• Leading contributors to child morbidity and mortality
    • Diarrhea
    • Respiratory infections (e.g. pneumonia)
    • Undernourishment
    • Vaccination-preventable diseases (e.g. measles)
    • Violence in certain countries
health and development3
Health and Development
  • Educational levels of women contributes positively and significantly to child health
    • Mediating factors
      • Hygiene
      • Nutrition
      • Child-care factors
population issues
Population Issues
  • Interdisciplinary field in which economists, sociologists, anthropologists, health professional, and public policy professionals are all involved
  • Important variables in study of population and development are
    • Crude birth rate (rb)
      • Number of live births per 1,000 population
    • Crude death rate (rd)
      • Number of deaths per 1,000 population
    • These rates together determine natural rate of population growth (a percentage measure)
      • Important because, along with rate of growth of physical capital, it determines level of capital-labor ratio, k
        • In turn, determines level of per capita income, y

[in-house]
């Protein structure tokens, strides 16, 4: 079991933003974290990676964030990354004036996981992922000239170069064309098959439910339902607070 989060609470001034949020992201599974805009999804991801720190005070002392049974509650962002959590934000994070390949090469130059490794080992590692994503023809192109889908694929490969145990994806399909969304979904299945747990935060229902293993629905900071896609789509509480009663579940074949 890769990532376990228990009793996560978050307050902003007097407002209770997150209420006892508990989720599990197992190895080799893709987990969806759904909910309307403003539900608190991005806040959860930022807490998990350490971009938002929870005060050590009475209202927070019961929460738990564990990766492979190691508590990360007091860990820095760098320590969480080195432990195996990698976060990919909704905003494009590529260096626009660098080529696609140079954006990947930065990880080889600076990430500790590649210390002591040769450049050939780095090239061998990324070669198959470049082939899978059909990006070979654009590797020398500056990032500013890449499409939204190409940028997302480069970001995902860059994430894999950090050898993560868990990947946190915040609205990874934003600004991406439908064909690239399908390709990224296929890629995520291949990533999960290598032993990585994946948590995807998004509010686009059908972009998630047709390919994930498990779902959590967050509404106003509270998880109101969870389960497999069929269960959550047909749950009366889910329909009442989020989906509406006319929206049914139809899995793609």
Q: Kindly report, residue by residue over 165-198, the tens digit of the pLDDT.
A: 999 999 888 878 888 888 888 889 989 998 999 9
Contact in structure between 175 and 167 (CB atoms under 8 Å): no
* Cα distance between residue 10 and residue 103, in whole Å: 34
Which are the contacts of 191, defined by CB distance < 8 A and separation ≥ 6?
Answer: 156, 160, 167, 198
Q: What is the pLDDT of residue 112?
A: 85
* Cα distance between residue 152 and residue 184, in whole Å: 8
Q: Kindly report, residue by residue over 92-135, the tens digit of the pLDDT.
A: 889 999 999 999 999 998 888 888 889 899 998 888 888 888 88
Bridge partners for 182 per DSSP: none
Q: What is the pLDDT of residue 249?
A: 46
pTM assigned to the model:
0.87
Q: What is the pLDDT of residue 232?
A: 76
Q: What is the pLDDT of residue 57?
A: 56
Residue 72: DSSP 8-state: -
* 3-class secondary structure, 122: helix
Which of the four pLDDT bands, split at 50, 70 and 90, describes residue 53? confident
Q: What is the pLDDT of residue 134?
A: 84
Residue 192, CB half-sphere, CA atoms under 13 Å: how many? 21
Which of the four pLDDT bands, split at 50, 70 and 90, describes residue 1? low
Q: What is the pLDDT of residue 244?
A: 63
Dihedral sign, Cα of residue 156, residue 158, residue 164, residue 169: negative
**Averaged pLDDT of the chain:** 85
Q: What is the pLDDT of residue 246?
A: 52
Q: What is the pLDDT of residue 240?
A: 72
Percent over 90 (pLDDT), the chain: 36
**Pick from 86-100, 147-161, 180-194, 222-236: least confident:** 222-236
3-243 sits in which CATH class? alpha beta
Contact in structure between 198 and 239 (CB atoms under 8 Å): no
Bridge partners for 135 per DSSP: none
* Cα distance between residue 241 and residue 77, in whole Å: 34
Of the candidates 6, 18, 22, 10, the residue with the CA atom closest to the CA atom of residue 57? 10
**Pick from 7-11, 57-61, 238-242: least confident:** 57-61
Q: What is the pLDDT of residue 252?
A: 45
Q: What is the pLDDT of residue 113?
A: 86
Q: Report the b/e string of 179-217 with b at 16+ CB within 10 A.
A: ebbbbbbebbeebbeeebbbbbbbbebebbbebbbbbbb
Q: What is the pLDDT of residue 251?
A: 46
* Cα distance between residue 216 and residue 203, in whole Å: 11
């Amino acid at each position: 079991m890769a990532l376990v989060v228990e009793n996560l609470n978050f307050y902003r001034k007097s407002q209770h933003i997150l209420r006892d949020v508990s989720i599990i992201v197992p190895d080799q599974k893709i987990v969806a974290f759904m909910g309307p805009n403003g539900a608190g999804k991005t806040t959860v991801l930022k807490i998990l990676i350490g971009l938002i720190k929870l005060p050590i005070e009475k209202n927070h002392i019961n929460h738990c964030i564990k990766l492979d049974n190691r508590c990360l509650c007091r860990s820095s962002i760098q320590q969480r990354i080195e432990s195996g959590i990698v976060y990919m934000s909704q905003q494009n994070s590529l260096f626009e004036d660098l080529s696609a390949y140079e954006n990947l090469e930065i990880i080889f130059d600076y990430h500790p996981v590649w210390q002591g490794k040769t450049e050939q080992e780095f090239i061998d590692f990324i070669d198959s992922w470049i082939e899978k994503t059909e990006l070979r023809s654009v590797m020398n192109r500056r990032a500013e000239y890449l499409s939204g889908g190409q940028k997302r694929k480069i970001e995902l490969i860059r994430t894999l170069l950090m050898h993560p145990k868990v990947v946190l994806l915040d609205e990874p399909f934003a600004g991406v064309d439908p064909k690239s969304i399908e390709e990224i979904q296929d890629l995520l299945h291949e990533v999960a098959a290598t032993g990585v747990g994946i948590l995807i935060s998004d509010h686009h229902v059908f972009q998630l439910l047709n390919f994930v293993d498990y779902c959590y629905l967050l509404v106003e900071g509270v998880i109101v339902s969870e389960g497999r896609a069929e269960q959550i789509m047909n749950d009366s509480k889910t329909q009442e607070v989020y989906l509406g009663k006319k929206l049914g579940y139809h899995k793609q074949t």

• The higher is the natural rate of population growth, the less likely will increases in investment translate into increases in per capita income
population issues1
Population Issues
  • Causal chain determining natural rate of population growth
  • Primary factors
    • Socio-cultural factors such as availability of birth control and role of women
      • More favorable is a society to full participation of women, the lower the total fertility rate
    • Level of per capita income is also important
      • Higher the level, the lower the total fertility rate
    • Higher the level of women’s education, the lower the total fertility rate
      • Total fertility rate contributes positively and directly to crude birth rate and, in turn, positively to natural rate of population growth
  • Health policies can contribute to level of child mortality
  • Higher the level of women’s education, the lower will be child mortality
    • Child mortality contributes positively and directly to the crude death rate and, in turn, negatively to the natural rate of population growth